A villanelle consists of nineteen lines broken up into five tercets (three-line stanza) and a final quatrain (four-line stanza). Villanelles also rhyme according to a specific pattern: the first and third lines of each tercet rhyme, and in the quatrain the first, third, and fourth lines rhyme. The trait that makes villanelles so delightful to read and so difficult to write is the pattern of repeated lines. A villanelle has refrain lines, meaning that certain lines repeat in specific places.
Confused? All of these rules become much clearer in context, so look at the example below, from E.A. Robinson's The House on the Hill* for clarification. Pay particular attention to the repetition of the refrain lines, and the rhyme scheme:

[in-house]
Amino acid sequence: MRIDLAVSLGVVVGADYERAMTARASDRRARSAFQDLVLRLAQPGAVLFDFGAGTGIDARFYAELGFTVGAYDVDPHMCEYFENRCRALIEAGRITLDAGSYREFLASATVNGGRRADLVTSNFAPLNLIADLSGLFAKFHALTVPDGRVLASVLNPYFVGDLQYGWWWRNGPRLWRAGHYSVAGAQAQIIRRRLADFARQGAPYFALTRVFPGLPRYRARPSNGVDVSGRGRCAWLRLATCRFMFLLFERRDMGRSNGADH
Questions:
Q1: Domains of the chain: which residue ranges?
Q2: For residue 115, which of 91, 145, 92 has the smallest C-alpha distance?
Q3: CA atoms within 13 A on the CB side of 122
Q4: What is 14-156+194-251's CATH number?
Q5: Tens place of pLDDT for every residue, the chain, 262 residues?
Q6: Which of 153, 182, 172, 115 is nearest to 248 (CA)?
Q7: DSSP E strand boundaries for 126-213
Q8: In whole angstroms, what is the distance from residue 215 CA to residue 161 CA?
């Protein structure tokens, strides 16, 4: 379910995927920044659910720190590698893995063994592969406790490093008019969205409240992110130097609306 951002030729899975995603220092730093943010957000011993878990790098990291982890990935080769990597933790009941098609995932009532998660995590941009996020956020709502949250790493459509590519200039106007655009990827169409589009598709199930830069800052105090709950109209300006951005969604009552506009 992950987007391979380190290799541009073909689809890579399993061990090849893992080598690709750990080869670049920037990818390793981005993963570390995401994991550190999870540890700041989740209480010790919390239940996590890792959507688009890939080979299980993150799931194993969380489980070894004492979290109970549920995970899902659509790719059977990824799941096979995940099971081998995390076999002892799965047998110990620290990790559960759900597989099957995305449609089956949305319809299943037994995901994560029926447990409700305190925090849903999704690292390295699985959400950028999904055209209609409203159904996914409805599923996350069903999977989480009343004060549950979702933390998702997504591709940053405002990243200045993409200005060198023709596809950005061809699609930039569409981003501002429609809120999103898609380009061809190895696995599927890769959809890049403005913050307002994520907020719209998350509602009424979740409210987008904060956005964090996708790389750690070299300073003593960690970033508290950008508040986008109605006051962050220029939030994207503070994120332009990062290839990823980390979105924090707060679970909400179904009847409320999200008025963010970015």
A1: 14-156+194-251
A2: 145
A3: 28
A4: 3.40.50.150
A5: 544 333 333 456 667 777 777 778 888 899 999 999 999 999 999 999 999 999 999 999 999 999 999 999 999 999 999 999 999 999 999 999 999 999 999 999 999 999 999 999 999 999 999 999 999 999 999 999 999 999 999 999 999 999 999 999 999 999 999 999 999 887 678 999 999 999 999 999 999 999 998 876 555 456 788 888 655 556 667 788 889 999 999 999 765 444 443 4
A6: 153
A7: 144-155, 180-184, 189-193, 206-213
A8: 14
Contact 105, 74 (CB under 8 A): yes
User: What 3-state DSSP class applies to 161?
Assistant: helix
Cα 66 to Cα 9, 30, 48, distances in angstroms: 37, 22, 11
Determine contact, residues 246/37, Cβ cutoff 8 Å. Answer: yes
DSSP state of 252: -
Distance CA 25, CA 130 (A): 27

Intriguing, isn't it? Some of the English language’s most beloved poems are villanelles, like Sylvia Plath’s Mad Girl’s Love Song, Elizabeth Bishop’s One Art, and Dylan Thomas’s masterpiece Do Not Go Gentle Into That Good Night. What better way to celebrate poetry month than taking a crack at this challenging, beautiful form yourself!
*This poem was included in a collection published in 1896 but was first written in an earlier form in an 1894 letter. Among Robinson's other works was Richard Corey (1897), which became the basis for a song by Simon and Garfunkel in 1966.